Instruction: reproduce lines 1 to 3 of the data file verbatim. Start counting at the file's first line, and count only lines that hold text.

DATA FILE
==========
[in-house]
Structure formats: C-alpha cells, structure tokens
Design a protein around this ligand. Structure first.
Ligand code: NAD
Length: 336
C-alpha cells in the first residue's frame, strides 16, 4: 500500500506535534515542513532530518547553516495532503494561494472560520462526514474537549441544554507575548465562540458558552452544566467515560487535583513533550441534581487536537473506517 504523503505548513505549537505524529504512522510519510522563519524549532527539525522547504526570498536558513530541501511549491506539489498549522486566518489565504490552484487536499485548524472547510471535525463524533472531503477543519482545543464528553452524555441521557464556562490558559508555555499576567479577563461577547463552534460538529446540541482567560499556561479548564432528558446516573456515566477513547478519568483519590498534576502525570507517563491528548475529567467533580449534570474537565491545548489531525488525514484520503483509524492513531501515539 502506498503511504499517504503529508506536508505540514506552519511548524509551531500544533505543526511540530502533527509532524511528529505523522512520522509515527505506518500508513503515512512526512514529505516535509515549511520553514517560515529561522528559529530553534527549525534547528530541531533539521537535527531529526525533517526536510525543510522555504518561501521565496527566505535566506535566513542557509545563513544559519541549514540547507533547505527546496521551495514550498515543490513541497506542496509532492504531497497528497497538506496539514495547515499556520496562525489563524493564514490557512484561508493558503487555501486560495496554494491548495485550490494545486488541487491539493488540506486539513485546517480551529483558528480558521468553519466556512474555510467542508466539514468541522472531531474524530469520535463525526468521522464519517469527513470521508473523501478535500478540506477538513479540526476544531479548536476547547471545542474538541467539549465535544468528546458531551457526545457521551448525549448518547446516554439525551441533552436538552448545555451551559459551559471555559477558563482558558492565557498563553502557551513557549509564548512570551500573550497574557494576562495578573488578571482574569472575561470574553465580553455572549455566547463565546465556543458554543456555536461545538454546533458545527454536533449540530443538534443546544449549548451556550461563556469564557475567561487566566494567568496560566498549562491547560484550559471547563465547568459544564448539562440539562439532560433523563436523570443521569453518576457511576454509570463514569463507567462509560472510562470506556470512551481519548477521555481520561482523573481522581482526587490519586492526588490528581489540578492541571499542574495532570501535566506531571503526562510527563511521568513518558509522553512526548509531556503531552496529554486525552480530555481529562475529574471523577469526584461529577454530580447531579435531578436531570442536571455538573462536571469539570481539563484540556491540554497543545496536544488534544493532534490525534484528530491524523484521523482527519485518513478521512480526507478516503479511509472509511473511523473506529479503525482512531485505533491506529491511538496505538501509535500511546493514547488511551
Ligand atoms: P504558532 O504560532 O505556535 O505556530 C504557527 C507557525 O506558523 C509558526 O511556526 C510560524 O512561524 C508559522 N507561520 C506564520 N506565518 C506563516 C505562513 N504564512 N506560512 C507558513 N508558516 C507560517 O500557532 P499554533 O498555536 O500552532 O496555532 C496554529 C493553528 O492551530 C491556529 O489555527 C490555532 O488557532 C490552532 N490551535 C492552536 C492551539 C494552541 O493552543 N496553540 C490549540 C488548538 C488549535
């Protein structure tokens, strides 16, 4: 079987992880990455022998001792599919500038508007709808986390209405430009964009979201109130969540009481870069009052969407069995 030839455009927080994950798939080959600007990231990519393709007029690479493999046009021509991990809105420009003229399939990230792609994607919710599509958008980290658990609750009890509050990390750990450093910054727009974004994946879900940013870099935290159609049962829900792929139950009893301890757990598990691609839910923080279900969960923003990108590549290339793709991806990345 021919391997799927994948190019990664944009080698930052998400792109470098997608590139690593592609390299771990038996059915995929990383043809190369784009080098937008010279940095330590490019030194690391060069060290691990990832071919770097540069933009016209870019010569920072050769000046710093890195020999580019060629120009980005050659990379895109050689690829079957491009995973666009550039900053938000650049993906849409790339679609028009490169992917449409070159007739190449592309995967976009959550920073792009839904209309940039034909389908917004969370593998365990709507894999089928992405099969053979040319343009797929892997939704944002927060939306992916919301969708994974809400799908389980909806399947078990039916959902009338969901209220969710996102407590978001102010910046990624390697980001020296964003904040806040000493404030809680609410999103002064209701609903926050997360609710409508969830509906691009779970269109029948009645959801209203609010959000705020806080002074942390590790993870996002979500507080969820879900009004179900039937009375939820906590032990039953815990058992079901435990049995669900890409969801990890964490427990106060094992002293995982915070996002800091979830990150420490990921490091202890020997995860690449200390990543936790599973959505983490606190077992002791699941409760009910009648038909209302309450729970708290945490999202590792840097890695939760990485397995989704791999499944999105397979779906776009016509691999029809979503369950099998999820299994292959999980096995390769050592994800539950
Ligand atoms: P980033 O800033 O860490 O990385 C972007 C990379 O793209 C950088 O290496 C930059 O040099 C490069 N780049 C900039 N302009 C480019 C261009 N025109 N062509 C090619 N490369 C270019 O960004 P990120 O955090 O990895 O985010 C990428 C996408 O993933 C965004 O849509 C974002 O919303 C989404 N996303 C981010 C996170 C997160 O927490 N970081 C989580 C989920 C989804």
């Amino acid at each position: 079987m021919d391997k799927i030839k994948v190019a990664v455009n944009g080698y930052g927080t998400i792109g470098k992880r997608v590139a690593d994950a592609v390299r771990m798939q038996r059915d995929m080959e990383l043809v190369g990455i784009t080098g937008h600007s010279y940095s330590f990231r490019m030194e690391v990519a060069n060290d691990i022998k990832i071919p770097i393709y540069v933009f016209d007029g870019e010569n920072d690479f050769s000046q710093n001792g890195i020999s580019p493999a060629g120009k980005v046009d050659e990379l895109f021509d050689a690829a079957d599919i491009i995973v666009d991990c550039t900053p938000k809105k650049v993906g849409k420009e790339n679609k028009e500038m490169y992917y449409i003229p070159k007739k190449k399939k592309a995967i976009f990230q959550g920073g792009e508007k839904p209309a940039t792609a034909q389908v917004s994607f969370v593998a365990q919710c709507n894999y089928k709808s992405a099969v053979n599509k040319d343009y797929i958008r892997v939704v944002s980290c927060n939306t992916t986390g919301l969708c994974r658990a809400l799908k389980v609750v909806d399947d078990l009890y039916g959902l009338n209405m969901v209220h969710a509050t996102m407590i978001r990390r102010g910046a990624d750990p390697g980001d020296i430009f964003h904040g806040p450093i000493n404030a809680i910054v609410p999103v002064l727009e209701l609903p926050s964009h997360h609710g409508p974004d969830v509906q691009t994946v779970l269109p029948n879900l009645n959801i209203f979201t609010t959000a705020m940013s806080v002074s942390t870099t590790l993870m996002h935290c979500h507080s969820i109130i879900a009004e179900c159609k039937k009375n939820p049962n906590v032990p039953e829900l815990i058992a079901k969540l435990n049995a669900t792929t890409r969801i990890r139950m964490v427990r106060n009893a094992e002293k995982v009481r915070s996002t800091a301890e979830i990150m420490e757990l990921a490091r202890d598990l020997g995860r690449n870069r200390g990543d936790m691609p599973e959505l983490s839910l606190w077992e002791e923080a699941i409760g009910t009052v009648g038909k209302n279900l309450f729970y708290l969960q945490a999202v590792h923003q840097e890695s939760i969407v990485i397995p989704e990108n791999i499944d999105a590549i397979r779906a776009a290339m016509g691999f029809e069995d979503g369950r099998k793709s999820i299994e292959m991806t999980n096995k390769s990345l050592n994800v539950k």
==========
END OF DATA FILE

[in-house]
Structure formats: C-alpha cells, structure tokens
Design a protein around this ligand. Structure first.